Disney+ TV review: Into the Unknown
Written by Arthur
8/10 Rating 8/10
This surprisingly in-depth behind-the-scenes doc is an insightful and inspiring look at making Disney magic.
Reading time: 3 mins
“I can’t believe I just showed you that,” says Malerie Walters, one of the animators on Frozen 2, partway through Into the Unknown. She’s just showed us a sequence on her computer where she’s effectively Photoshopped her own face on to the heads of several reindeers while they all sing a 1980s-style power ballad. Why? Because it helps her with animating the facial expressions of each individual animal as they go through the song’s emotional climax. It’s the kind of thing that normally would never be seen by anyone outside of the animation department – and that in-depth level of detail is what makes Into the Unknown such a surprisingly insightful watch.
The documentary sees filmmakers, artists, songwriters and cast open their doors to cameras to reveal the hard work, heart and collaboration it takes to create one of the most anticipated films in Walt Disney Animation Studios’ near-century of moviemaking. But while we’re used to five-minute featurettes that take us behind the scenes of a film, Into the Unknown spans six episodes, taking the time to make it clear just how much pressure was on the filmmakers to meet the hype following the first film.
It begins rolling cameras 11 months before the sequel’s premiere, and it’s surprising just how much work is left to do, as directors Jennifer Lee and Chris Buck screen a rough version to directors and artists within Disney Animation. The feedback cements Some Things Never Change and Into the Unknown as surefire hits, but raises questions about the song Show Yourself and what exactly it means.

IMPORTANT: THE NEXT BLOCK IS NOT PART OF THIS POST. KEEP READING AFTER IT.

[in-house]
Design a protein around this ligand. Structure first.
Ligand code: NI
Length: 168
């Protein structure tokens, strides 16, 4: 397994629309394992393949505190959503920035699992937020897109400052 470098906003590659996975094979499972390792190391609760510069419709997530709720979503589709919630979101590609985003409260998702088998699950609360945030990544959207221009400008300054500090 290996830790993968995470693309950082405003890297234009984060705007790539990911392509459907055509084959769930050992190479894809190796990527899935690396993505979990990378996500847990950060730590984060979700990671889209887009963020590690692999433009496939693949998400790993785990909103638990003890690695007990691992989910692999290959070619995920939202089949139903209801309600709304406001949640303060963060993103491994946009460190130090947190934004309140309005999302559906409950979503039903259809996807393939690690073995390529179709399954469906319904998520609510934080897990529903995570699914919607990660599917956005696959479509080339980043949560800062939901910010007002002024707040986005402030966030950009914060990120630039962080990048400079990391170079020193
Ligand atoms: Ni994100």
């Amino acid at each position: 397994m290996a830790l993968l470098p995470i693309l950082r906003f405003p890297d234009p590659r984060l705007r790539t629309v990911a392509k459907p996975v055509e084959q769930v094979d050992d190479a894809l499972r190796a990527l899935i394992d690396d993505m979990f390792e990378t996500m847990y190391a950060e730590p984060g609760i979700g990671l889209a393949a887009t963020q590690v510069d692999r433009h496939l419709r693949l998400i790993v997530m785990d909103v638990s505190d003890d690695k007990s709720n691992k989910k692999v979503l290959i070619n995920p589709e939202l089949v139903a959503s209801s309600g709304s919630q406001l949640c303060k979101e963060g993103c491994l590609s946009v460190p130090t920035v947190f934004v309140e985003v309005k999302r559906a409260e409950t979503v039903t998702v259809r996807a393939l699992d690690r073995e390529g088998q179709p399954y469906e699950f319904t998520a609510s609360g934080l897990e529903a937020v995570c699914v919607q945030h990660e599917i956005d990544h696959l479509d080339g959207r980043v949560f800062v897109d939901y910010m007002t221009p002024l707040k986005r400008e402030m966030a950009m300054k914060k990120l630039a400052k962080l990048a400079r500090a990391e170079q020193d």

That question takes several episodes to be resolved, as feedback after feedback only reinforces the challenge of trying to juggle Frozen II’s complex, mature themes with its toe-tapping music. Songwriters Kristen Anderson-Lopez and Robert Lopez take it all with an impressive amount of humility, agreeing to axe the song See the Sky altogether, but the frustrations are never far from the surface, and Disney commendably doesn’t try to hide it.
Even the way Elsa walks during Into the Unknown is subject to a huge amount of scrutiny, as animation supervisor Wayne Unten works with Walters to determine the best way for the character to finish up the song. While we all know that animation takes a lot of time and effort, this is rare glimpse of the nuts and bolts that make up the giant Disney machine.
Some of those nuts and bolts are movingly personal, such as the tragic inspiration behind Anna’s song The Next Right Thing. Others are borne out of necessity to help a young audience navigate the plot – Olaf is smartly deployed late on to recap the events of the film film – or have to be sped up to meet the production deadlines (Elsa’s dress tranformations were still being designed while footage was being unveiled at D23 Expo).
If all of that sounds like a gruelling watch, it can be, but Into the Unknown highlights the passion for the project that motivates everyone involved – from Josh Gad and Jonathan Groff singing their musical numbers with excitement to Kristen and Robert’s amazement at the orchestra playing the full score, not to mention Malerie’s starstruck reaction to Idina Menzel taking a tour of the animation department’s office. The result is a docuseries that gives everyone involved in production a chance to shine – the kind of inclusive, all-access approach that may inspire kids watching to consider all kinds of technical careers, rather than just the ones they see at the top of a movie’s credits. There’s no better praise for Disney making-of than that.